I may have shown you an example of my wildlife photography but this simple photography tips applies to every genre. One of the biggest mistakes that I have made (and in fact still do) is to get flustered and rush. That may be because I see an incredible moment about to occur and don’t want to miss it, or because a shot hasn’t turned out too well and I get frustrated, or I have a particularly challenging client. Whatever the cause may be, rushing is only going to make things worse. Your photography WILL suffer.

If you’re not working with clients, then this simple tip is easy to implement. On the other hand, if you are with a client this becomes a little more problematic. If that is the case, then use one of my favorite methods (and tell me some of yours in the comments below): Either the “let’s take five method” or the “I need to adjust “x” method”. Photographing people can get quite intense and ‘taking 5’ is something that they may appreciate just as much as you. If you feel that won’t work then you can always adjust something with your gear that you don’t really need to do; change a battery usually being a good one. Give yourself the moment to take a breath, and re-group.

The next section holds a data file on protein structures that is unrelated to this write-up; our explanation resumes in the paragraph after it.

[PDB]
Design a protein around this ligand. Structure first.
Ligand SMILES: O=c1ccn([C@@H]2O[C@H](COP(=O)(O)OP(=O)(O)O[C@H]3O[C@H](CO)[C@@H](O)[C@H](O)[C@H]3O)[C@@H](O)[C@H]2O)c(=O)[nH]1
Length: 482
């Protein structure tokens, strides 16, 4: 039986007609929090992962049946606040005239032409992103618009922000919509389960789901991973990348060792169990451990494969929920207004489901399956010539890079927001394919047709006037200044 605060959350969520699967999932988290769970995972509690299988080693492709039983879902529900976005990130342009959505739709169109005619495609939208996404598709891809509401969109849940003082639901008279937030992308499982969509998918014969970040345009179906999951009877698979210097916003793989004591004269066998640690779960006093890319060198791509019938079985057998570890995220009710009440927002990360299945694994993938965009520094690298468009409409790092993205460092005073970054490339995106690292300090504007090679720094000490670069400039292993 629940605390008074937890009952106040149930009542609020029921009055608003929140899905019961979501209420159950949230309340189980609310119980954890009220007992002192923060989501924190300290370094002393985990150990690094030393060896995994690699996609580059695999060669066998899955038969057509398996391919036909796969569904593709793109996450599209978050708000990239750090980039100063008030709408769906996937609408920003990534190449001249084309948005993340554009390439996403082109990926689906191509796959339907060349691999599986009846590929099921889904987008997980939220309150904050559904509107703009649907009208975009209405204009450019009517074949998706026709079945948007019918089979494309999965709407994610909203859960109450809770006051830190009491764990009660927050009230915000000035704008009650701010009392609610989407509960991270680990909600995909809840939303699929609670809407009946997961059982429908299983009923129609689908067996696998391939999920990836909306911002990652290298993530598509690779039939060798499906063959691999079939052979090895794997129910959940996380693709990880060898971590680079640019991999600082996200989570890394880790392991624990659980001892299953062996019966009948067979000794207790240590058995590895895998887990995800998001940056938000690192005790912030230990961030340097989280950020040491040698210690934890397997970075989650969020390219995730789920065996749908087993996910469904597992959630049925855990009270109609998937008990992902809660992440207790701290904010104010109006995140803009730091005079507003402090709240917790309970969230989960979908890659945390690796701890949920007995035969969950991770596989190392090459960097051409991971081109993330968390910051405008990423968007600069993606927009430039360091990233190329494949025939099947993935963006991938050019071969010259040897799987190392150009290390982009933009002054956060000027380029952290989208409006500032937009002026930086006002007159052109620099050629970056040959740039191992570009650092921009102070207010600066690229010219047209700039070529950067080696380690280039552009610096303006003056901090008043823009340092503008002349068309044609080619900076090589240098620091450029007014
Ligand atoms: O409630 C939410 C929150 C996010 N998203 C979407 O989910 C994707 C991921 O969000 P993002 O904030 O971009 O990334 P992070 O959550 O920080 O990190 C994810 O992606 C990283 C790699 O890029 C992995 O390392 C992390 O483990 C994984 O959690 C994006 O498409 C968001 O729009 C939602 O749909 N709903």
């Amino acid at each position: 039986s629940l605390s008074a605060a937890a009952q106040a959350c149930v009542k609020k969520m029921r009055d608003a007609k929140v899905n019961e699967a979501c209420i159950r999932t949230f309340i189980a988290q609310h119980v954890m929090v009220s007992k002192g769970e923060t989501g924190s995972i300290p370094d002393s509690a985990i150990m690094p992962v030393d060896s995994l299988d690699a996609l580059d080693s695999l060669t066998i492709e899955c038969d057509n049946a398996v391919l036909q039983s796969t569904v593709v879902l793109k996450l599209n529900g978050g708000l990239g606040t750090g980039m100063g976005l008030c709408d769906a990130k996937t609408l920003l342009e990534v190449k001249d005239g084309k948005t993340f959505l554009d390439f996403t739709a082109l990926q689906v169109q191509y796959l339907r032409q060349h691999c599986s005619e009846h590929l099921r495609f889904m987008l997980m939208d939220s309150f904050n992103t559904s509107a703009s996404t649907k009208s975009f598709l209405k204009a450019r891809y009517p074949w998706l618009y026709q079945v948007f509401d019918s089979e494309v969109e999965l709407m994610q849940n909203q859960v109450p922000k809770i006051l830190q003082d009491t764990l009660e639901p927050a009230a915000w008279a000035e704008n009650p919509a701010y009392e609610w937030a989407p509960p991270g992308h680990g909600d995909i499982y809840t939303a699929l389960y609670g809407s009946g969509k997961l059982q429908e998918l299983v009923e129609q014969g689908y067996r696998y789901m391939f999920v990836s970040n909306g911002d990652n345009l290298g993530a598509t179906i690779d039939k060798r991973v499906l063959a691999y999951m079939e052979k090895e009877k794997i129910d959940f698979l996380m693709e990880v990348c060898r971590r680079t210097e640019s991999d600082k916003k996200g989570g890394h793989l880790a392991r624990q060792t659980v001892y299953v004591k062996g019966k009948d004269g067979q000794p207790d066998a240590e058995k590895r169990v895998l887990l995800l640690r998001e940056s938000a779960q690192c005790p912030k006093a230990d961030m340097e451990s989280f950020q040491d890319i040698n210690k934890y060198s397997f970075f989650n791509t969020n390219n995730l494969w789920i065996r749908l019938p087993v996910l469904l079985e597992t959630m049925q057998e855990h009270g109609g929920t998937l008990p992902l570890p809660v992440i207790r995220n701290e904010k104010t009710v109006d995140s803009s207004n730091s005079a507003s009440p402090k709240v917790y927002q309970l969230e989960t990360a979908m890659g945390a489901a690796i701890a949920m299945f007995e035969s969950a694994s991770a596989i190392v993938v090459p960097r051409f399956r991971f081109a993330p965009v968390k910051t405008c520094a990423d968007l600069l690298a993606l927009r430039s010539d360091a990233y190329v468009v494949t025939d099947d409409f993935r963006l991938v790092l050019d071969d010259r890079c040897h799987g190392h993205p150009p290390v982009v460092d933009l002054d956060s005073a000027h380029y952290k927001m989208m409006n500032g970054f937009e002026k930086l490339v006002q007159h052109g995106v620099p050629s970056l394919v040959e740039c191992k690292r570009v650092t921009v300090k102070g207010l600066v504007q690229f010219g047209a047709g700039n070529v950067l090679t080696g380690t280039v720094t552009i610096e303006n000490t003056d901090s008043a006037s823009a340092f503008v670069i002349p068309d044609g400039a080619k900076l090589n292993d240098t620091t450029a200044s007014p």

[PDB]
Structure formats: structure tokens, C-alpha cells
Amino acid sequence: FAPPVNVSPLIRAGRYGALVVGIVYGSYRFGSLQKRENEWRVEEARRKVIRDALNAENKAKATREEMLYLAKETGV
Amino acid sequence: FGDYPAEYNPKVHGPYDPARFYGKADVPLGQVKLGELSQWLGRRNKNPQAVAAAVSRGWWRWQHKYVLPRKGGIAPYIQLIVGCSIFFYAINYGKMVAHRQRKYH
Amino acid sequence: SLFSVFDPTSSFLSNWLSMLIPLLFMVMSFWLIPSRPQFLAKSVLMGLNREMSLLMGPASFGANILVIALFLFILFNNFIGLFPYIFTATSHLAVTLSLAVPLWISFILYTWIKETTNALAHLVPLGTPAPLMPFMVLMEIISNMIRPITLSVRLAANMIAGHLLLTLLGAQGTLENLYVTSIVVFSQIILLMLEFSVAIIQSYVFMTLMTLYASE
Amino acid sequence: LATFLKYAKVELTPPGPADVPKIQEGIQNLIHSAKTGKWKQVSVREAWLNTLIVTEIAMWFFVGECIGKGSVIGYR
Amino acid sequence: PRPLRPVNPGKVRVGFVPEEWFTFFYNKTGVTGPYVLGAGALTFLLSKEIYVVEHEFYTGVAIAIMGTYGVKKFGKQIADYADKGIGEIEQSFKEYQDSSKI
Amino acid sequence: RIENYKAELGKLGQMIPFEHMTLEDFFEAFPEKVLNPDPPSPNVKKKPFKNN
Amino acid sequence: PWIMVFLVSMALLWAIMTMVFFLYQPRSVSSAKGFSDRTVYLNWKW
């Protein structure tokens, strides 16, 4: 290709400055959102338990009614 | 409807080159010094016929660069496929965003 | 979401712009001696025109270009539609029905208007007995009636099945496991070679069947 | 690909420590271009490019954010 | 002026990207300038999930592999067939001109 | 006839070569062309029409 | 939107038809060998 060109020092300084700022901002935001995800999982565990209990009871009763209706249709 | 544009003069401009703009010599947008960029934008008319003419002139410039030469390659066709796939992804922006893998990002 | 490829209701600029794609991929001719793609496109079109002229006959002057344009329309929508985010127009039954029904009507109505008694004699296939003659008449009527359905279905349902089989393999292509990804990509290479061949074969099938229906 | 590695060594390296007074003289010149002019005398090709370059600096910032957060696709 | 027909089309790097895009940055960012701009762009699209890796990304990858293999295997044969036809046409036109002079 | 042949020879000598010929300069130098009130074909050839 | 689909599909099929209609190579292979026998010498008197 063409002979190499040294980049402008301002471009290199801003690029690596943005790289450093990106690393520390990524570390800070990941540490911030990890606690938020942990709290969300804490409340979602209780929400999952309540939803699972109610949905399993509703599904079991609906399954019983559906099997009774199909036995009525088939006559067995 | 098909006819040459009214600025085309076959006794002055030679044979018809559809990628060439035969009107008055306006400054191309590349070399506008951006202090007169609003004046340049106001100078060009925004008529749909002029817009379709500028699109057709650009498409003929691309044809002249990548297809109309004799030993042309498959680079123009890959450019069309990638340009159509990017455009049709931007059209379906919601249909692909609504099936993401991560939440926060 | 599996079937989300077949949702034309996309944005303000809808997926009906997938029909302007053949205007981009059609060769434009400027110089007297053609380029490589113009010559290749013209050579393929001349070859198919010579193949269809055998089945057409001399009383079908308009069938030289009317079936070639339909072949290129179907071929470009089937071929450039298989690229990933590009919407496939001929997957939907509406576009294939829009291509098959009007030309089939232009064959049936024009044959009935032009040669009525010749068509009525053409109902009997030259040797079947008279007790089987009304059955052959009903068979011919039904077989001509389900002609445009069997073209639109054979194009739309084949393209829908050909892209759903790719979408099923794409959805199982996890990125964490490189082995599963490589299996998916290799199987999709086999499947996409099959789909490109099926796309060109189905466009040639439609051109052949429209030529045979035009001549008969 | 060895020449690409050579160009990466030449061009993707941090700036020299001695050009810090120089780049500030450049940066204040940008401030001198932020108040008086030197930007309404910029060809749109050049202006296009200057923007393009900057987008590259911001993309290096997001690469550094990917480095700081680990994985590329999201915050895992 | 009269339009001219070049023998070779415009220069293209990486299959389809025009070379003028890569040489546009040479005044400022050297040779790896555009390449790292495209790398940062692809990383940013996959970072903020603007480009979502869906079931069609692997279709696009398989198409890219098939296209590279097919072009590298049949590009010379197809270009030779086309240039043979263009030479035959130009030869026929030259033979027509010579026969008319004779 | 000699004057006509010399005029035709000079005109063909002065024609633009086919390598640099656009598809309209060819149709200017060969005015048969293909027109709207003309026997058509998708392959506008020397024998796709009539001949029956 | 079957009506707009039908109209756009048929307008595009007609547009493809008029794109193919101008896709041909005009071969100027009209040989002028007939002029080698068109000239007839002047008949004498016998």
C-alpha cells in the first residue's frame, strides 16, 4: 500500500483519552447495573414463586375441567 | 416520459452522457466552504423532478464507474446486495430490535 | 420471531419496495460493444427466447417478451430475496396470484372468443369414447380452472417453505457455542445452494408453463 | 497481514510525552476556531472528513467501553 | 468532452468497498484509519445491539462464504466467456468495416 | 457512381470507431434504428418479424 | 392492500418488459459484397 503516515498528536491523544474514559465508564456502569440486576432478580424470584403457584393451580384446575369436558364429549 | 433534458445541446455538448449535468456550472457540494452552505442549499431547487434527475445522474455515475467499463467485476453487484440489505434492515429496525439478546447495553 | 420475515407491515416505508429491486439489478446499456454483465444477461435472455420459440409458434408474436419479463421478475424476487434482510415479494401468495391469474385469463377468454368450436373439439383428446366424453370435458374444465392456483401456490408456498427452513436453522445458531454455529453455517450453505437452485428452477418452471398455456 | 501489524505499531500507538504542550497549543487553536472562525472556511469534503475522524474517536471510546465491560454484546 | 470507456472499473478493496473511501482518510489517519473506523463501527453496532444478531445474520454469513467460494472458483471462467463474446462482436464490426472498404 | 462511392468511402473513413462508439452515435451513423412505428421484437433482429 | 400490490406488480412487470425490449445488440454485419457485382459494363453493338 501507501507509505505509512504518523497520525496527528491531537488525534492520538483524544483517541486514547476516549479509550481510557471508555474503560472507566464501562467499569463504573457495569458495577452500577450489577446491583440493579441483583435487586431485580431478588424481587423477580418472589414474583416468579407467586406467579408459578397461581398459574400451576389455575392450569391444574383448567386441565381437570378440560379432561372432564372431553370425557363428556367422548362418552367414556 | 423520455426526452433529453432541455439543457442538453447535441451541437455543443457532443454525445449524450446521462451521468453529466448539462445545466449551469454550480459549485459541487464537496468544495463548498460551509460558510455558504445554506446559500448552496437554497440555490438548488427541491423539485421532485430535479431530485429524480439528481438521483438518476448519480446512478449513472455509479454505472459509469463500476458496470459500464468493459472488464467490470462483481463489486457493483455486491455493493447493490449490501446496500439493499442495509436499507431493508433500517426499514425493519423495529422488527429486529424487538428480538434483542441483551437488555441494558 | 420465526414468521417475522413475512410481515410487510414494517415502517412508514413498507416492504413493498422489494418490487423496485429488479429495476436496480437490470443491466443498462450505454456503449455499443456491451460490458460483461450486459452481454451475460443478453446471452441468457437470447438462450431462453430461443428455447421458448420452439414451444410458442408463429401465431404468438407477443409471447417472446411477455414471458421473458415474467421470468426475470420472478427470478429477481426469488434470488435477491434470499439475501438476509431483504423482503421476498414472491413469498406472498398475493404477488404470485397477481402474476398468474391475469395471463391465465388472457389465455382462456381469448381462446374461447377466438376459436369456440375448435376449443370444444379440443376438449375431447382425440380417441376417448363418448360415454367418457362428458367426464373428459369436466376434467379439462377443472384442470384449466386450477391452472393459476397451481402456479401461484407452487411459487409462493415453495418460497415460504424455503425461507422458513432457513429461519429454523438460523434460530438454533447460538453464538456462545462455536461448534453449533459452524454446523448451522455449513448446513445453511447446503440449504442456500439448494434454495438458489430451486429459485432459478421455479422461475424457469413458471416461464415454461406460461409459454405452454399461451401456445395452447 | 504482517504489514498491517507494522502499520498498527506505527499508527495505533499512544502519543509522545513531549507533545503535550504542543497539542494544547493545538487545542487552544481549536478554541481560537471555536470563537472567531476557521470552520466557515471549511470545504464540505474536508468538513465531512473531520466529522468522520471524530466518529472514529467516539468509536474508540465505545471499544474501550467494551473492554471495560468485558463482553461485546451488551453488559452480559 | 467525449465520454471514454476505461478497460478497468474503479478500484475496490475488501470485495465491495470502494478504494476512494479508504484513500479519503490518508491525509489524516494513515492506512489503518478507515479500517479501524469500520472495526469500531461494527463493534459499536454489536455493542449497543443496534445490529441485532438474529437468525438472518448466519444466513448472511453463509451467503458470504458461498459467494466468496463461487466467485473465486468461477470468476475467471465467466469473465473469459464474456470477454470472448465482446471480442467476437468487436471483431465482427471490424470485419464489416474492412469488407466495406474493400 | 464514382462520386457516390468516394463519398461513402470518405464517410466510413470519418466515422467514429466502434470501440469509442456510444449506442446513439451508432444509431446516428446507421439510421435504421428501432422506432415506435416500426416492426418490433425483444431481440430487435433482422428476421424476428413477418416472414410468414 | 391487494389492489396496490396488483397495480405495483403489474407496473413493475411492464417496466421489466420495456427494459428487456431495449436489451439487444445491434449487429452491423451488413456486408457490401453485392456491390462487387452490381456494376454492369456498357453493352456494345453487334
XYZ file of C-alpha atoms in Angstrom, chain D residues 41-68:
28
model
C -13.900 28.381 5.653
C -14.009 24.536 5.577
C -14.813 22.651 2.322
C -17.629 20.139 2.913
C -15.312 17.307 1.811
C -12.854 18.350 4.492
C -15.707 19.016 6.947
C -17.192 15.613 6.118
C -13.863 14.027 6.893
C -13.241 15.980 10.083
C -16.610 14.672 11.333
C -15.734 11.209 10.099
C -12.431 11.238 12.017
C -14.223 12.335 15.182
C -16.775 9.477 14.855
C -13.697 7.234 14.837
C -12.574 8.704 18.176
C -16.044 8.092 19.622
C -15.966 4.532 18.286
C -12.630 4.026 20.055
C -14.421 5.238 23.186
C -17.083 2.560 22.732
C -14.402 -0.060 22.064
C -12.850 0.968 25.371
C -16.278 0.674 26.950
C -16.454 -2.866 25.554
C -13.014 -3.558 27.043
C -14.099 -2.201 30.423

Collaborating is a great way to level up your skills.  For example, working with makeup artists and designers can help elevate your photography.  You don’t need to have a professional MUA necessarily, though it helps, and if you don’t, you either need to be adept at doing it yourself, in your instruction, and your subject must have the ability to execute those instructions.